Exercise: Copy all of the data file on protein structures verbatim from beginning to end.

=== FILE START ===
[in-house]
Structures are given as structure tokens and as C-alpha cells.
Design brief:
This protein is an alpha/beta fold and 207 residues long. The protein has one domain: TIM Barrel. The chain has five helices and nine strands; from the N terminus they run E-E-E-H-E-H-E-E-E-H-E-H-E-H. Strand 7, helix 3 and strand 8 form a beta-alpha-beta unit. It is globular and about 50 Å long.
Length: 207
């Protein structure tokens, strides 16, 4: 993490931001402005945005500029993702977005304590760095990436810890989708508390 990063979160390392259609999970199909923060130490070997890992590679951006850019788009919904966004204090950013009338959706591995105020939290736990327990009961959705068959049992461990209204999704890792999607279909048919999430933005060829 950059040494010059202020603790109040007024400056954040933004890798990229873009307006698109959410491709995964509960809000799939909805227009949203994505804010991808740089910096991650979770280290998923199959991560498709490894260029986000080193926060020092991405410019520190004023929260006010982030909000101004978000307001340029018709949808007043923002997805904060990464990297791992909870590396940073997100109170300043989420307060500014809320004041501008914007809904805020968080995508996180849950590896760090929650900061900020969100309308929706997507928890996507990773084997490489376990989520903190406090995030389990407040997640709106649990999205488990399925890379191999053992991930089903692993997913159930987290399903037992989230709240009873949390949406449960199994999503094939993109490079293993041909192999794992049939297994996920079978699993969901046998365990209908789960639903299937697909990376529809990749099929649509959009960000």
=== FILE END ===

[in-house]
Structures are given as structure tokens and as C-alpha cells.
Design brief:
This protein is an alpha/beta fold and 207 residues long. The protein has one domain: TIM Barrel. The chain has five helices and nine strands; from the N terminus they run E-E-E-H-E-H-E-E-E-H-E-H-E-H. Strand 7, helix 3 and strand 8 form a beta-alpha-beta unit. It is globular and about 50 Å long.
Length: 207
């Protein structure tokens, strides 16, 4: 993490931001402005945005500029993702977005304590760095990436810890989708508390 990063979160390392259609999970199909923060130490070997890992590679951006850019788009919904966004204090950013009338959706591995105020939290736990327990009961959705068959049992461990209204999704890792999607279909048919999430933005060829 950059040494010059202020603790109040007024400056954040933004890798990229873009307006698109959410491709995964509960809000799939909805227009949203994505804010991808740089910096991650979770280290998923199959991560498709490894260029986000080193926060020092991405410019520190004023929260006010982030909000101004978000307001340029018709949808007043923002997805904060990464990297791992909870590396940073997100109170300043989420307060500014809320004041501008914007809904805020968080995508996180849950590896760090929650900061900020969100309308929706997507928890996507990773084997490489376990989520903190406090995030389990407040997640709106649990999205488990399925890379191999053992991930089903692993997913159930987290399903037992989230709240009873949390949406449960199994999503094939993109490079293993041909192999794992049939297994996920079978699993969901046998365990209908789960639903299937697909990376529809990749099929649509959009960000």